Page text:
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J Biomed Biotechnol. Oct 29, 2003; 2003(4): 215–216.
PMCID: PMC514266
Proteomics in Health and Disease
George L. Wright Jrcorresponding author1 and O. John Semmescorresponding author1
1Department of Microbiology and Molecular Cell Biology, Virginia Prostate Center, Eastern Virginia Medical School, Norfolk, VA 23501, USA
corresponding authorCorresponding author.
George L. Wright Jr: wrightgl/at/evms.edu; O. John Semmes: semmesoj/at/evms.edu
 
One of the major goals of the postgenomic era is understanding the structures, interactions, and functions of all cell proteins. This becomes a daunting task considering the estimation that there are between 100 000 and 200 000 individual proteins resulting from alternative splicing of the 30 000 genes encoded by the human genome. Since the cellular proteome is a dynamic profile, subject to change in response to various signals through posttranslational modification, translocation, and protein-protein and protein-nucleic acid interactions, the task becomes even more complex looming to a million or more modification events. Proteomics encompasses the study of expressed proteins, including identification and elucidation of the structure-function interrelationships which define healthy and disease conditions. Information at the level of the proteome is critical to understanding the function of cellular phenotype and its role in health and disease. Since posttranslational events and, indeed, an accurate assessment of protein expression levels cannot always be predicted by mRNA analysis, proteomics, used in concert with genomics, can provide a holistic understanding of the biology underlying the disease process. The challenge in deciphering the proteome is the development and integration of analytical instrumentation combined with bioinformatics that provide rapid, high-throughput, sensitive, and reproducible tools.
This issue of the Journal of Biomedicine and Biotechnology presents the first of a two-part series consisting of ten papers that describe both technical and bioinformatic advances to define the cell proteome towards a better understanding of health and disease. The current issue consists of the first five articles beginning with papers by Bensmail and Haoudi, and Pruess and Apweiler that describe bioinformatics approaches for defining the cancer cell proteome and for in silico proteomic analyses. Because of the high dimensionality of the data generated by proteomic methodologies, such as protein microarrays and mass spectral analyses, more efficient and accurate bioinformatics tools are required to mine and analyze the data. Major advances in mass spectrometry have resulted in rapid, high-throughput technologies for protein biomarker discovery, protein identification, disease analyses, and identification of posttranslational modifications. One advance, SELDI ProteinChip mass spectrometry, is the subject of the next two papers that describe its use for biomarker discovery and its potential as a platform for development of multimarker clinical assays. The first paper by Reddy and Dalmasso presents a review describing the use of SELDI for biomarker discovery, drug discovery, protein identification, and for development of multiplex clinical assays, citing examples for cancer, neurological disorders, and infectious diseases. Feng and associates then describe an automated peak identification and calibration procedure for more precise mass analyses when attempting to differentiate disease from nondisease protein patterns. The last paper of this issue by Qoronfleh and associates describes a method for the isolation of membrane proteins for proteomic analysis.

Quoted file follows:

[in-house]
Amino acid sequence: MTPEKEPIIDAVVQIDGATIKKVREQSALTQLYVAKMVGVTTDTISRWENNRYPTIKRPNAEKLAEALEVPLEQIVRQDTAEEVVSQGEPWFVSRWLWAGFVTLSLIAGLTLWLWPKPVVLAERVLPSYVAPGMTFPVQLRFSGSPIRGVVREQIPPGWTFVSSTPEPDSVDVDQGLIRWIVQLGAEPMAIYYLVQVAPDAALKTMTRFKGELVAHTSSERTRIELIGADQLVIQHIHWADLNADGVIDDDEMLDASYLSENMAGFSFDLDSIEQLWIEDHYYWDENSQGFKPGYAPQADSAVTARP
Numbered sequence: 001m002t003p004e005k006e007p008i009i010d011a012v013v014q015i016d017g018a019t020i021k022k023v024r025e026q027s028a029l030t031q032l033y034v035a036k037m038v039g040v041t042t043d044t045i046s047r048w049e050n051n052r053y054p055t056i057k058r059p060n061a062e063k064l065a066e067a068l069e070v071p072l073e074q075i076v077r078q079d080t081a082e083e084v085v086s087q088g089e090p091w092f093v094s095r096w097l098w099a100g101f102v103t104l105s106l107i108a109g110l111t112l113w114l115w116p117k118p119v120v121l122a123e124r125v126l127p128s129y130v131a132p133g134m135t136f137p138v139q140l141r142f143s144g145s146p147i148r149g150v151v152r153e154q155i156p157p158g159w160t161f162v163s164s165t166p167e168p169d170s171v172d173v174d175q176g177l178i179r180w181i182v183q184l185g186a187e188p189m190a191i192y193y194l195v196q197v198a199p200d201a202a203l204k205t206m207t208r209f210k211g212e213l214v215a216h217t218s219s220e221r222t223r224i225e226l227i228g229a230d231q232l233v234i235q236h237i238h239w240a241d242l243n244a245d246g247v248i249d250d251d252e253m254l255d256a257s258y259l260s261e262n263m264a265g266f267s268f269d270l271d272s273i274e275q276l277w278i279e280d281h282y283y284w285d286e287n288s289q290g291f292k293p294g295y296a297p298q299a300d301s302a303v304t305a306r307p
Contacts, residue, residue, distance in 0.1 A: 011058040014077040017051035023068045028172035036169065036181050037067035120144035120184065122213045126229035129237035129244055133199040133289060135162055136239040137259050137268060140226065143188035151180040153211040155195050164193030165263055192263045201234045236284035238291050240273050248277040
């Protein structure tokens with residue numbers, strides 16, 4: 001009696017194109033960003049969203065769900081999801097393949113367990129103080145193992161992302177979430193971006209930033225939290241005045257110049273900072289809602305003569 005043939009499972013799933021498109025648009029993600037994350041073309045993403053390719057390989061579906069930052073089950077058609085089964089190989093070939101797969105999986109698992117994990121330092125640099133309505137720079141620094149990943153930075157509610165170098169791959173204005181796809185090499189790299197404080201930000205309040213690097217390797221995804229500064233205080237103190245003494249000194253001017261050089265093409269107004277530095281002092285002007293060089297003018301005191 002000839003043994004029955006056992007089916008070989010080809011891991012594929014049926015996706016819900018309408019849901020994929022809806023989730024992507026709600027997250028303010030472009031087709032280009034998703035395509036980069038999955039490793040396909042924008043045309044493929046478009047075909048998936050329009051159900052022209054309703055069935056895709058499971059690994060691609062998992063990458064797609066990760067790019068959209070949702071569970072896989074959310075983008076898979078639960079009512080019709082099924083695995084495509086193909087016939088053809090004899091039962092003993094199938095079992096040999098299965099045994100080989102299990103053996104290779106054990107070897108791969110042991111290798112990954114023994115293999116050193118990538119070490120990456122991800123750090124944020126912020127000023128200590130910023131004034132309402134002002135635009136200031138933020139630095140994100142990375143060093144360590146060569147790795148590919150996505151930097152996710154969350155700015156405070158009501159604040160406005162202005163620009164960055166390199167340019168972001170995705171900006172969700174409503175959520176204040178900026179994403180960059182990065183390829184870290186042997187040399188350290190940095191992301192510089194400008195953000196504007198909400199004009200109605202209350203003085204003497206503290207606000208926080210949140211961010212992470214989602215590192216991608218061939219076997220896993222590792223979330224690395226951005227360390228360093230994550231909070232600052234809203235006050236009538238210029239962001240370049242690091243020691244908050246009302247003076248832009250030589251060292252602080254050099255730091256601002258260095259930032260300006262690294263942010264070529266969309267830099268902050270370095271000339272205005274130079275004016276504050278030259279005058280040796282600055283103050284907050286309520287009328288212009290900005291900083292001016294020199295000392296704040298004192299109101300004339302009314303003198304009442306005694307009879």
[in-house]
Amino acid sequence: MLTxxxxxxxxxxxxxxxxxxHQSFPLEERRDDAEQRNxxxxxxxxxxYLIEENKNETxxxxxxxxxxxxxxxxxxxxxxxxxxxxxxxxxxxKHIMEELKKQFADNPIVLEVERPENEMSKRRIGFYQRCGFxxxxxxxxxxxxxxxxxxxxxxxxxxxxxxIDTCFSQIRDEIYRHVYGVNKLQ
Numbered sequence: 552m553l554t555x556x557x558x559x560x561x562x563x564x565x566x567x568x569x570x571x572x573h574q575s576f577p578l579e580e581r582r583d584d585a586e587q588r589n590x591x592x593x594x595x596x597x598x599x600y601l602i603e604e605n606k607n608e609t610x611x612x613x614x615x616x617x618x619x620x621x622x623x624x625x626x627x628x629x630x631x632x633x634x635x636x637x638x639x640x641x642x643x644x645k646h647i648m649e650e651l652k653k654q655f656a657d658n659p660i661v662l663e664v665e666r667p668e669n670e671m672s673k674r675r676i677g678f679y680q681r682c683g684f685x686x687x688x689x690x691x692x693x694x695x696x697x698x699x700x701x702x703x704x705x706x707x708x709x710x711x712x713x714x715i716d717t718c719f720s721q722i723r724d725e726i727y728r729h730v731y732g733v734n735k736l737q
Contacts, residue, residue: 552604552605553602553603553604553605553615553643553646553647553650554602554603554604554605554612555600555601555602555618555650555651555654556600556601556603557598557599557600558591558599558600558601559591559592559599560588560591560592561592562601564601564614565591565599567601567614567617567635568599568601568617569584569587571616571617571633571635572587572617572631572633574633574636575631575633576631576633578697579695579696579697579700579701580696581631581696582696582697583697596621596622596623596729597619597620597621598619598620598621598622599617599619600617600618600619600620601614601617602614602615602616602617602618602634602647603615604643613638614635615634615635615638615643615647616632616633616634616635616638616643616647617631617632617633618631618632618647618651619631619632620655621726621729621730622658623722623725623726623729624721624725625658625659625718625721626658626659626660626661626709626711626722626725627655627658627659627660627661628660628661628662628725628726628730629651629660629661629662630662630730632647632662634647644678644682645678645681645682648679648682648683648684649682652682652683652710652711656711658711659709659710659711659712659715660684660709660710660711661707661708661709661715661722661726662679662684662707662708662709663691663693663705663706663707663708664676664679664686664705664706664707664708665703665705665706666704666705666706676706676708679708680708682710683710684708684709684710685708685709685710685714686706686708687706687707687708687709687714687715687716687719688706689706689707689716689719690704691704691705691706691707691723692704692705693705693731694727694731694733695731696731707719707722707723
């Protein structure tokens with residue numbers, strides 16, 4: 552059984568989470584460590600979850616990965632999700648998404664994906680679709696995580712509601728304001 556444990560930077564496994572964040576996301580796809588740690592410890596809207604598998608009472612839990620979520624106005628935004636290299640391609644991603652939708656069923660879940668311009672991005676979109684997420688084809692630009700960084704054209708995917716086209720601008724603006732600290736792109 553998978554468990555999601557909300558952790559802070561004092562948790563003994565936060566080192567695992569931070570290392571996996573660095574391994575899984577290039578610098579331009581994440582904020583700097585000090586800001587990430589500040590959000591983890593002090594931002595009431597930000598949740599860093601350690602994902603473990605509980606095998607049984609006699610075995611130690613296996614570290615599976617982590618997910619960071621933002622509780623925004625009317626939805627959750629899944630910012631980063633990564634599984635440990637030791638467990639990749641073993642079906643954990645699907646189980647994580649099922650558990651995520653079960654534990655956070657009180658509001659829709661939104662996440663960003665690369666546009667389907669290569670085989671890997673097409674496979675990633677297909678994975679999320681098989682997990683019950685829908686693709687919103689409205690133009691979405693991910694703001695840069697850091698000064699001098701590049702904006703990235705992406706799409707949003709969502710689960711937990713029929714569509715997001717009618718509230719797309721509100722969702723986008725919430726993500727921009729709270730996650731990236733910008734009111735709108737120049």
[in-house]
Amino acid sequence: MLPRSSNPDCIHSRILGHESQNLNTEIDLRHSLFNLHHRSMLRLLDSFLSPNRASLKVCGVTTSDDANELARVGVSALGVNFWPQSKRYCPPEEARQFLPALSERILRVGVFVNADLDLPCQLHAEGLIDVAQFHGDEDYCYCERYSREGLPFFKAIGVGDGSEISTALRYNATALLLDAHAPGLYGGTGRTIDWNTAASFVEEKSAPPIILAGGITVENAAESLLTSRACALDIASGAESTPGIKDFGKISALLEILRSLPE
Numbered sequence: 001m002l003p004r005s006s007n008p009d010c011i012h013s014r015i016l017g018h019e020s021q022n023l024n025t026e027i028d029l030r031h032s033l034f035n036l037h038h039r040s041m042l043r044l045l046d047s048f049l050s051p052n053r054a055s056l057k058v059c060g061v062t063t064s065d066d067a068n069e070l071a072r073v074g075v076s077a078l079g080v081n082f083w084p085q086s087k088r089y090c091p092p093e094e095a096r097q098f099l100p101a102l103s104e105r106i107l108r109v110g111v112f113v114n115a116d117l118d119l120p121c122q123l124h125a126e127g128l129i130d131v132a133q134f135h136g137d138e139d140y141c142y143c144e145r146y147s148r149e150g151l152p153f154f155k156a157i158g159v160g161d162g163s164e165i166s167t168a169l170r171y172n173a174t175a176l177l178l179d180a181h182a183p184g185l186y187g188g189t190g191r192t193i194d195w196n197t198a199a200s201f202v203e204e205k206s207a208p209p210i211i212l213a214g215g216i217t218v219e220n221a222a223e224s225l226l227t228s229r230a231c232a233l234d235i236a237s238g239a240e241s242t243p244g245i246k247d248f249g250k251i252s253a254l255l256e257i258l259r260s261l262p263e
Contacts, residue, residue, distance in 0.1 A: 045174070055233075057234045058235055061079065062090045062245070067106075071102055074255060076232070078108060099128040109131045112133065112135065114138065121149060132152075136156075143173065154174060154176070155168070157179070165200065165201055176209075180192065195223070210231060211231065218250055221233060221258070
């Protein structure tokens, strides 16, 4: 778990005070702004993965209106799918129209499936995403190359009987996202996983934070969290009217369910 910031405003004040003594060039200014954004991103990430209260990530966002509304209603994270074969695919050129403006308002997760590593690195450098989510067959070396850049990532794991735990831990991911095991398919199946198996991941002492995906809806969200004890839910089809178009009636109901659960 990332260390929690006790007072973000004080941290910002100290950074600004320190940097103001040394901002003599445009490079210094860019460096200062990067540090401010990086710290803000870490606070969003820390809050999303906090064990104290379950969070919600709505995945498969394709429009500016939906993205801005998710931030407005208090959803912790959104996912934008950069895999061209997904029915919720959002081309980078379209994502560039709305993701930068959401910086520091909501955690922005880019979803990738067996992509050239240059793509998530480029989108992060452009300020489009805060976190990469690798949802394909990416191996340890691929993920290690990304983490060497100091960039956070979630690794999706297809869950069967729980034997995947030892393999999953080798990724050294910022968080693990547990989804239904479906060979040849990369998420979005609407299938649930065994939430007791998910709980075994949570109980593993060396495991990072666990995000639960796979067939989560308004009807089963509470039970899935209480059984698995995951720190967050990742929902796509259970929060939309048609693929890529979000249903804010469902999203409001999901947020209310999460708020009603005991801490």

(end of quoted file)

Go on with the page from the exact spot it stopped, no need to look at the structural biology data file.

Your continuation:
The next issue (volume 2003, issue 5) presents the remaining five papers. This issue begins with a review by Xu and Lam on protein and chemical microarray approaches being utilized for proteomic studies. Then Flower and colleagues describe bioinformatics approaches for defining the immunome for discovery of novel vaccines. This is followed by a paper by Qoronfleh and colleagues who describe improved methods for detecting protein: protein interactions. Piccoli's research team then report a method for optimizing the rolling circle application technology for generating a sensitive high-throughput multiplex protein microarray for analysis of protein expression and molecular diagnosis. The final paper in this issue is by Vlahou and associates who describe the use of SELDI protein profiling coupled with a commercial decision tree learning algorithm for biomarker discovery and diagnosis of ovarian cancer.
The content of this special issue, although broad and addressing several key issues in proteomics research, still leaves many issues to be covered, especially functional and structural proteomics, in this fast evolving field of research. We anticipate addressing other new discoveries and applications in the proteomics field in future issues of the Journal of Biomedicine and Biotechnology.
Articles from Journal of Biomedicine and Biotechnology are provided here courtesy of
Hindawi Publishing Corporation